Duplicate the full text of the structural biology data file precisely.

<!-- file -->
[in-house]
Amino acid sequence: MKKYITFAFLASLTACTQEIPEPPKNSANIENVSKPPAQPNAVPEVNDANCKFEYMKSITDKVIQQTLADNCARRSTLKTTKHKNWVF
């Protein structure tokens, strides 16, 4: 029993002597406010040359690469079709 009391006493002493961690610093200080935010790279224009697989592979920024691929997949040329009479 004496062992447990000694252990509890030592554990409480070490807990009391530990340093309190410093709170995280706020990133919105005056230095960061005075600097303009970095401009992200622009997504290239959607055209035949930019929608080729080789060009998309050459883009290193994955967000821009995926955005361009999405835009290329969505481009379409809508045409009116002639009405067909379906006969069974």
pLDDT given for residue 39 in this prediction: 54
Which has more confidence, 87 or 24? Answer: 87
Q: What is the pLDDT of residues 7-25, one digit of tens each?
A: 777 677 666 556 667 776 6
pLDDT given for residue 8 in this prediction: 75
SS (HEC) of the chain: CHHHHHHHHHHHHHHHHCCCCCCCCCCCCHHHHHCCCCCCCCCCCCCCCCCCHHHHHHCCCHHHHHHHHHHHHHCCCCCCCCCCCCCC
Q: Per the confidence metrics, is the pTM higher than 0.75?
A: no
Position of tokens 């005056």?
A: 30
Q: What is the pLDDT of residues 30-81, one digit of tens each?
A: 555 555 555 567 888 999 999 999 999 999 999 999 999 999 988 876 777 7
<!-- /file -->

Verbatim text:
[in-house]
Amino acid sequence: MKKYITFAFLASLTACTQEIPEPPKNSANIENVSKPPAQPNAVPEVNDANCKFEYMKSITDKVIQQTLADNCARRSTLKTTKHKNWVF
């Protein structure tokens, strides 16, 4: 029993002597406010040359690469079709 009391006493002493961690610093200080935010790279224009697989592979920024691929997949040329009479 004496062992447990000694252990509890030592554990409480070490807990009391530990340093309190410093709170995280706020990133919105005056230095960061005075600097303009970095401009992200622009997504290239959607055209035949930019929608080729080789060009998309050459883009290193994955967000821009995926955005361009999405835009290329969505481009379409809508045409009116002639009405067909379906006969069974």
pLDDT given for residue 39 in this prediction: 54
Which has more confidence, 87 or 24? Answer: 87
Q: What is the pLDDT of residues 7-25, one digit of tens each?
A: 777 677 666 556 667 776 6
pLDDT given for residue 8 in this prediction: 75
SS (HEC) of the chain: CHHHHHHHHHHHHHHHHCCCCCCCCCCCCHHHHHCCCCCCCCCCCCCCCCCCHHHHHHCCCHHHHHHHHHHHHHCCCCCCCCCCCCCC
Q: Per the confidence metrics, is the pTM higher than 0.75?
A: no
Position of tokens 């005056």?
A: 30
Q: What is the pLDDT of residues 30-81, one digit of tens each?
A: 555 555 555 567 888 999 999 999 999 999 999 999 999 999 988 876 777 7